Dropbox’s recent acquisition, Mailbox, has already updated, bringing a new shake to undo function, some user interface enhancements, and the requisite “bug fixes and performance optimizations.”
Mailbox garnered internet-wide attention for its approach to email, with a light, fast, mobile-friendly interface. Cult of Mac’s own John Brownlee called it the best email app he’s ever used. Messages are archived or trashed with a swipe, and entire email exchanges are presented in a threaded, conversational style. You can even snooze your emails to check them out later, an essential component to an on-the-go email client, right? Mailbox also lets you get push notifications for new messages.
It mightn’t look like much, but this will be the best journal you ever kept.
There are many, many ways to keep a journal using your various iDevices, or paper, or even — if you’re desperate — your Android phone. (Kidding — a sharpie turns the back of any Android handset into the perfect paper-emulation device.) But they tend to be either high on effort — manually writing up everything yourself — or somewhat proprietary, keeping all your info inside an app or service.
But thanks to the ever-amazing internet automating service IFTTT (If This Then That), and some new channels, it’s now possible to roll your own plain-journal, pulling from various sources automatically. And it even includes pictures, which is quite a trick for plain text.
Remember Unbound? I called the iOS app “the best dropbox browser I have ever used,” and it’s still up there in the top two (the other is the excellent Heliog). Now — or at least soon — Unbound will be coming to the Mac. What’s more, it’ll be compatible with the neat little Leap Motion box that lets you control your Mac with wavy hand gestures.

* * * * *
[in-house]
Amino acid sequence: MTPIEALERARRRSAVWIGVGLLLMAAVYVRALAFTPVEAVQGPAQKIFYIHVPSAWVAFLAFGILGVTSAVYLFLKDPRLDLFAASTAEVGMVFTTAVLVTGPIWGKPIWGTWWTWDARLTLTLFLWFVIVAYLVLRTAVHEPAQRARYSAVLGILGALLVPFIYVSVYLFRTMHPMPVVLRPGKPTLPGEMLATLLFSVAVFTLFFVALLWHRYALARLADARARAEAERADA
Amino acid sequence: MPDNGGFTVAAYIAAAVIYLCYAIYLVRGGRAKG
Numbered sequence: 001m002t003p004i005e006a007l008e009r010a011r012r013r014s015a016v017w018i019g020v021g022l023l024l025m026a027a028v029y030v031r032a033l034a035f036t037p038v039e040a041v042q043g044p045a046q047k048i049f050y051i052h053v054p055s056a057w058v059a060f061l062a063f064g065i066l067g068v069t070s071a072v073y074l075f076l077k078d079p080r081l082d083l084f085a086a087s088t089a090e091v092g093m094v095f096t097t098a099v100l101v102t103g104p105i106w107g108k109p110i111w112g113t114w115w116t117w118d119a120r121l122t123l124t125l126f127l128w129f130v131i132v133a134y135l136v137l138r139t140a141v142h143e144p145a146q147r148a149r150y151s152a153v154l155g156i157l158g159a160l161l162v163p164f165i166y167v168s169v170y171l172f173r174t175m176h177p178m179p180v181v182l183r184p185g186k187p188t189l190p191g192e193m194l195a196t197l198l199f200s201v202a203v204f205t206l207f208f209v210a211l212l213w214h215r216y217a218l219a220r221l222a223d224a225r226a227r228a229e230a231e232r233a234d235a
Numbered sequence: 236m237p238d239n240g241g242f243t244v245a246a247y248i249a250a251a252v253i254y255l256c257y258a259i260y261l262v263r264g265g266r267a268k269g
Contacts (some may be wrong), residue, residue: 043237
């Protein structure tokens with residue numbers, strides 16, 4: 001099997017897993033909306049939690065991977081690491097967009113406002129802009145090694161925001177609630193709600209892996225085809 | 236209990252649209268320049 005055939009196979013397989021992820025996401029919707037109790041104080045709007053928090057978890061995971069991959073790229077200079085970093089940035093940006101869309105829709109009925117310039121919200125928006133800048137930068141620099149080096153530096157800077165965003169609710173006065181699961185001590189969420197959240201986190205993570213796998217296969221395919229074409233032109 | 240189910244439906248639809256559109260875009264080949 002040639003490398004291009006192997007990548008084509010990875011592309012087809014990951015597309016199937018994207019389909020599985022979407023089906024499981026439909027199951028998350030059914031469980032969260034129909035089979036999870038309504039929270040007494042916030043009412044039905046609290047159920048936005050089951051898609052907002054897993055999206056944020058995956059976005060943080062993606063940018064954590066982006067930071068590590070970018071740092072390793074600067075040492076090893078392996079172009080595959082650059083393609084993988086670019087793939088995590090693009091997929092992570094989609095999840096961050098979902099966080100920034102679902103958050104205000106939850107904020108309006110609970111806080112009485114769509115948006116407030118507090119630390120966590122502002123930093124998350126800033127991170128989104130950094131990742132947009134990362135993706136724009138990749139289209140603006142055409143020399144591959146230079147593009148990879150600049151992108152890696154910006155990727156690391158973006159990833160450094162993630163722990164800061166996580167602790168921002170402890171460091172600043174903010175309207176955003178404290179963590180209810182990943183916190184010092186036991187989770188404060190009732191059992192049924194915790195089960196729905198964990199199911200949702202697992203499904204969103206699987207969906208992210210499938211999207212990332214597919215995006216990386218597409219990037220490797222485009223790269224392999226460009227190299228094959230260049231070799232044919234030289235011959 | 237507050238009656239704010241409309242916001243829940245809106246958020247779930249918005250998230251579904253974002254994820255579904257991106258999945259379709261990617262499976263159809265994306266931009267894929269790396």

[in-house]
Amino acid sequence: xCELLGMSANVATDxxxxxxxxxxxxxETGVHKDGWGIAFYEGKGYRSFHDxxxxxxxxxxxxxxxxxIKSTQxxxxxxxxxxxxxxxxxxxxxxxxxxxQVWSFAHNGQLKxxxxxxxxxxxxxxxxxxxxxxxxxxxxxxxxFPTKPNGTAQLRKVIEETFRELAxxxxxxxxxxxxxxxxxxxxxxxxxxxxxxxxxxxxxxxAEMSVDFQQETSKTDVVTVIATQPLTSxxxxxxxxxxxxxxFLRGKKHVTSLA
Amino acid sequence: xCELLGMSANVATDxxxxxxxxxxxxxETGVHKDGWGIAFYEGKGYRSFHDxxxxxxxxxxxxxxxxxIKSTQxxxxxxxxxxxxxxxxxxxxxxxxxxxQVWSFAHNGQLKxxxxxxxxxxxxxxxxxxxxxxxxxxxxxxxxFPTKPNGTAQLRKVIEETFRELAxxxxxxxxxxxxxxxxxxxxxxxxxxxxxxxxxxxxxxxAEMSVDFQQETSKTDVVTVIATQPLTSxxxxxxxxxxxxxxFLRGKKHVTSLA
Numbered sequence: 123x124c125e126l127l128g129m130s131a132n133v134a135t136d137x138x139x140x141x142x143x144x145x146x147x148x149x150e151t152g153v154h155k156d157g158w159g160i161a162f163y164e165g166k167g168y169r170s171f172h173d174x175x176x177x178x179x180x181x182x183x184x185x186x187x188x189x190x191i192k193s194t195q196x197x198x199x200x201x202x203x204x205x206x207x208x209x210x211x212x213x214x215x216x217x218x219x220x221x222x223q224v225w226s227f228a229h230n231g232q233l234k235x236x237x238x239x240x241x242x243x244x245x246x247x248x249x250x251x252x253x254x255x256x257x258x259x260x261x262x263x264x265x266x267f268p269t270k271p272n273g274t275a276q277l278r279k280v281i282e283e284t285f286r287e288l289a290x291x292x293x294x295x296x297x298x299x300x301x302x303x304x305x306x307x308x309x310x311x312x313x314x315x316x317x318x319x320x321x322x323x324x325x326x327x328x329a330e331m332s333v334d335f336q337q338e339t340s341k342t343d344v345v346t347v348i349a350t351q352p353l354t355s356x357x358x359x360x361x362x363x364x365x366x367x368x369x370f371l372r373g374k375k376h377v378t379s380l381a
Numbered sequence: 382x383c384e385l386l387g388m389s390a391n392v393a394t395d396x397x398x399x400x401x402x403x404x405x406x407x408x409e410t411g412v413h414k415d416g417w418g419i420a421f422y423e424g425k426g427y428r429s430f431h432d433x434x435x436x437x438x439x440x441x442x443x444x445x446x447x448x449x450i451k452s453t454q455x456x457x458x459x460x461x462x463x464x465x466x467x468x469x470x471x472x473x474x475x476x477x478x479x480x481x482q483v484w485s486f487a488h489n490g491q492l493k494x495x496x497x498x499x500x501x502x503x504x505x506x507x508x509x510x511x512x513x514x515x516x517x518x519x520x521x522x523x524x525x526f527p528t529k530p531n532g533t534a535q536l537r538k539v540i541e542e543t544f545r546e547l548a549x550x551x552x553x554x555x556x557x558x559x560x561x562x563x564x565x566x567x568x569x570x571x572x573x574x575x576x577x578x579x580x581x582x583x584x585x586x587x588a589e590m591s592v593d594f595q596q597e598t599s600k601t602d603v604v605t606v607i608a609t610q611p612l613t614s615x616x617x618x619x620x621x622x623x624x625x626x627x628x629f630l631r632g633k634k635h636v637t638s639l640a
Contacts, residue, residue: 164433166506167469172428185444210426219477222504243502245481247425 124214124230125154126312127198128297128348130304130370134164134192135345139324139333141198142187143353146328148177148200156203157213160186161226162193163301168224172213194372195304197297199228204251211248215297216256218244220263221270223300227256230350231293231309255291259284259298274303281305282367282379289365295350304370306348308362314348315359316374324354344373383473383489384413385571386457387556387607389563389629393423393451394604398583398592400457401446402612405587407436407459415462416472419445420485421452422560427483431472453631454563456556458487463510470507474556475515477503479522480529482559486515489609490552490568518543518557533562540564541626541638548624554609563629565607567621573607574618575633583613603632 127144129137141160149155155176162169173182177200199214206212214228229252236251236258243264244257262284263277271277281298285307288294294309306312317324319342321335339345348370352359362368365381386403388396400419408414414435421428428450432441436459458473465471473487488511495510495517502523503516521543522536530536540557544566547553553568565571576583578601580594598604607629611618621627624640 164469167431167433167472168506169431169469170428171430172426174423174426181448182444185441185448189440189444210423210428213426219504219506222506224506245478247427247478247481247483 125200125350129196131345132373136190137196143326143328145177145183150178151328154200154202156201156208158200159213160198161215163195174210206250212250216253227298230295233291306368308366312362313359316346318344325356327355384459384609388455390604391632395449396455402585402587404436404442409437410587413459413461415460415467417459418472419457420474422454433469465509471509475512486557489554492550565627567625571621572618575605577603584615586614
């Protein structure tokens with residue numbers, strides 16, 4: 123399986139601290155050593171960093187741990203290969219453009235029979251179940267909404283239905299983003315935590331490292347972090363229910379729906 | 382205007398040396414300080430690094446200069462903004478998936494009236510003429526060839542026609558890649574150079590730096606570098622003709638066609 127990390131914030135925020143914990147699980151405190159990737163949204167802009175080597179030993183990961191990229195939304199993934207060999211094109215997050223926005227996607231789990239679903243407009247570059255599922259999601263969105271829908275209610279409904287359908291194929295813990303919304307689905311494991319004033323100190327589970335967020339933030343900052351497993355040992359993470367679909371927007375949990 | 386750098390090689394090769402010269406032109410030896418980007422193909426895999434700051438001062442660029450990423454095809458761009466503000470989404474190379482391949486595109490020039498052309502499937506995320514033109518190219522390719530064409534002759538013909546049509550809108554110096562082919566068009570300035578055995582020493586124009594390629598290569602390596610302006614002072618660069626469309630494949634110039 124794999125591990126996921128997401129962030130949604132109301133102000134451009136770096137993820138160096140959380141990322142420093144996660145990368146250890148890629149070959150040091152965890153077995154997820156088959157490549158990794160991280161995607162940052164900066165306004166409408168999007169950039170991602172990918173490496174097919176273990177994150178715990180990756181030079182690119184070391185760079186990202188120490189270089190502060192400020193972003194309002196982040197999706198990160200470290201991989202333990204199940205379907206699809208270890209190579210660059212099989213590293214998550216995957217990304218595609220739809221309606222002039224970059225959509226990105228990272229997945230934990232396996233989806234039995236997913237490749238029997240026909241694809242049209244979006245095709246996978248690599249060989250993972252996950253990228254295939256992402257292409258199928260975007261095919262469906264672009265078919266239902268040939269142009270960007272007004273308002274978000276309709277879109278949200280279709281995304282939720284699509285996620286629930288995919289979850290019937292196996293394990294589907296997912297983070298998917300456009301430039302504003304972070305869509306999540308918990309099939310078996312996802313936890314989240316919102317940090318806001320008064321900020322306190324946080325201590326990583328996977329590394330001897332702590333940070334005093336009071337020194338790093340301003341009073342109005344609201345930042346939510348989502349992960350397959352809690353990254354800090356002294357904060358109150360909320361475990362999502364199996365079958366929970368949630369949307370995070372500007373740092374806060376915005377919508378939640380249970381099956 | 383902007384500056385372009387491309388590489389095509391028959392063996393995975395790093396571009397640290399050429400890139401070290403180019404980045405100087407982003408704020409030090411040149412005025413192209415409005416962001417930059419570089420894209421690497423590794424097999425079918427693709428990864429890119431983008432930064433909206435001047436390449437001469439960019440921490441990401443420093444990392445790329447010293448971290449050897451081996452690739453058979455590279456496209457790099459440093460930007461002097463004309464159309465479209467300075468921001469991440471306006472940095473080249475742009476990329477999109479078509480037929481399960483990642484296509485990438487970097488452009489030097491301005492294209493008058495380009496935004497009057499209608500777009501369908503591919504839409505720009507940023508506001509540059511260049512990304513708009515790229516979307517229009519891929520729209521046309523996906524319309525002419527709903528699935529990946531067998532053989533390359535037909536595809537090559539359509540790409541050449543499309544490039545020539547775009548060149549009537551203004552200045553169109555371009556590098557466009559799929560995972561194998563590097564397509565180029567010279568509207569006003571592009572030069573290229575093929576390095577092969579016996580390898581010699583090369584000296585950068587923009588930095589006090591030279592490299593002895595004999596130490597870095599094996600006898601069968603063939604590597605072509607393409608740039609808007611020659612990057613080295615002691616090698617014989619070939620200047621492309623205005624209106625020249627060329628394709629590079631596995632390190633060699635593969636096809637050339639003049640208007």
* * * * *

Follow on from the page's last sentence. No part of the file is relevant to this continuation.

Dropbox is a great service, and I use it both professionally and personally. I share files with friends, presentations and documents with co-workers, and I upload my iPhone photos as well as a secondary backup to PhotoStream, which can be touchy at times. Problem is, I need to ask people if they’re Dropbox users, get the email they’ve associated with the service, then log in to Drobpox and create a shared folder with that person’s email. It’s useful, and not too difficult, but it can be tedious.
That’s where ProxToMe comes in. This free app does all the discovery for you, letting you share any file from your Dropbox account with any other ProxToMe user nearby. Slick!
Basil is just about my favorite iPad cooking app. It doesn’t come loaded with recipes, nor does it feature videos of people slicing and sautéing fancy ingredients. Instead, Basil is a version of your paper notebook, only better. And it’s just about to get a huge makeover.